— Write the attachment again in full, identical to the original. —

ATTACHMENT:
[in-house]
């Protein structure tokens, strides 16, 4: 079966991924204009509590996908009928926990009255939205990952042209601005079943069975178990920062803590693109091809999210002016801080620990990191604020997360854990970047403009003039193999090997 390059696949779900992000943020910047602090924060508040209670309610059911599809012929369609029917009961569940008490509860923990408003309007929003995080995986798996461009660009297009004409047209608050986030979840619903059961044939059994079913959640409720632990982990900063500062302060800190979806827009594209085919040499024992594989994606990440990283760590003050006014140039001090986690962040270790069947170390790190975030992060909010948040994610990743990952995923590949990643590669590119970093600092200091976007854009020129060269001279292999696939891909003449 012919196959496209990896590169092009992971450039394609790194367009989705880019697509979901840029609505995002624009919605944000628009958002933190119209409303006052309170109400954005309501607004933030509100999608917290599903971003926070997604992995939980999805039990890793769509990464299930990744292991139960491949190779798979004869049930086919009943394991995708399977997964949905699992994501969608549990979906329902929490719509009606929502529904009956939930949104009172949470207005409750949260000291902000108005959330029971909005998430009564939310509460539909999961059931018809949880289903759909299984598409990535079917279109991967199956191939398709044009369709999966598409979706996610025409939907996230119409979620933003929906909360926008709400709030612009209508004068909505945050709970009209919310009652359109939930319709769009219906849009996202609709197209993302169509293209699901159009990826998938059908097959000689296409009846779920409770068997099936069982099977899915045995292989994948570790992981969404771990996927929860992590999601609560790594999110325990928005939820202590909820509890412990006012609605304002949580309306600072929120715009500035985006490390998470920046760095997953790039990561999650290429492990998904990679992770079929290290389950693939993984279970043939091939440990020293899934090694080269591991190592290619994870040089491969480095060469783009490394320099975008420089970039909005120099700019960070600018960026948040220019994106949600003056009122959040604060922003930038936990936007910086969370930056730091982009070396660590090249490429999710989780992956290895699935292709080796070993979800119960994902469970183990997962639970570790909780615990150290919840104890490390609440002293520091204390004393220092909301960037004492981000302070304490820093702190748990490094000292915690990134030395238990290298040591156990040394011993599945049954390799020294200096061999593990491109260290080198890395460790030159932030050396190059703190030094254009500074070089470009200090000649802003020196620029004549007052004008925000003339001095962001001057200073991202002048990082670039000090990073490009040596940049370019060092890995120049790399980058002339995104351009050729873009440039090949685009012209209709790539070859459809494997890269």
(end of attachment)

[in-house]
């Protein structure tokens, strides 16, 4: 079966991924204009509590996908009928926990009255939205990952042209601005079943069975178990920062803590693109091809999210002016801080620990990191604020997360854990970047403009003039193999090997 390059696949779900992000943020910047602090924060508040209670309610059911599809012929369609029917009961569940008490509860923990408003309007929003995080995986798996461009660009297009004409047209608050986030979840619903059961044939059994079913959640409720632990982990900063500062302060800190979806827009594209085919040499024992594989994606990440990283760590003050006014140039001090986690962040270790069947170390790190975030992060909010948040994610990743990952995923590949990643590669590119970093600092200091976007854009020129060269001279292999696939891909003449 012919196959496209990896590169092009992971450039394609790194367009989705880019697509979901840029609505995002624009919605944000628009958002933190119209409303006052309170109400954005309501607004933030509100999608917290599903971003926070997604992995939980999805039990890793769509990464299930990744292991139960491949190779798979004869049930086919009943394991995708399977997964949905699992994501969608549990979906329902929490719509009606929502529904009956939930949104009172949470207005409750949260000291902000108005959330029971909005998430009564939310509460539909999961059931018809949880289903759909299984598409990535079917279109991967199956191939398709044009369709999966598409979706996610025409939907996230119409979620933003929906909360926008709400709030612009209508004068909505945050709970009209919310009652359109939930319709769009219906849009996202609709197209993302169509293209699901159009990826998938059908097959000689296409009846779920409770068997099936069982099977899915045995292989994948570790992981969404771990996927929860992590999601609560790594999110325990928005939820202590909820509890412990006012609605304002949580309306600072929120715009500035985006490390998470920046760095997953790039990561999650290429492990998904990679992770079929290290389950693939993984279970043939091939440990020293899934090694080269591991190592290619994870040089491969480095060469783009490394320099975008420089970039909005120099700019960070600018960026948040220019994106949600003056009122959040604060922003930038936990936007910086969370930056730091982009070396660590090249490429999710989780992956290895699935292709080796070993979800119960994902469970183990997962639970570790909780615990150290919840104890490390609440002293520091204390004393220092909301960037004492981000302070304490820093702190748990490094000292915690990134030395238990290298040591156990040394011993599945049954390799020294200096061999593990491109260290080198890395460790030159932030050396190059703190030094254009500074070089470009200090000649802003020196620029004549007052004008925000003339001095962001001057200073991202002048990082670039000090990073490009040596940049370019060092890995120049790399980058002339995104351009050729873009440039090949685009012209209709790539070859459809494997890269």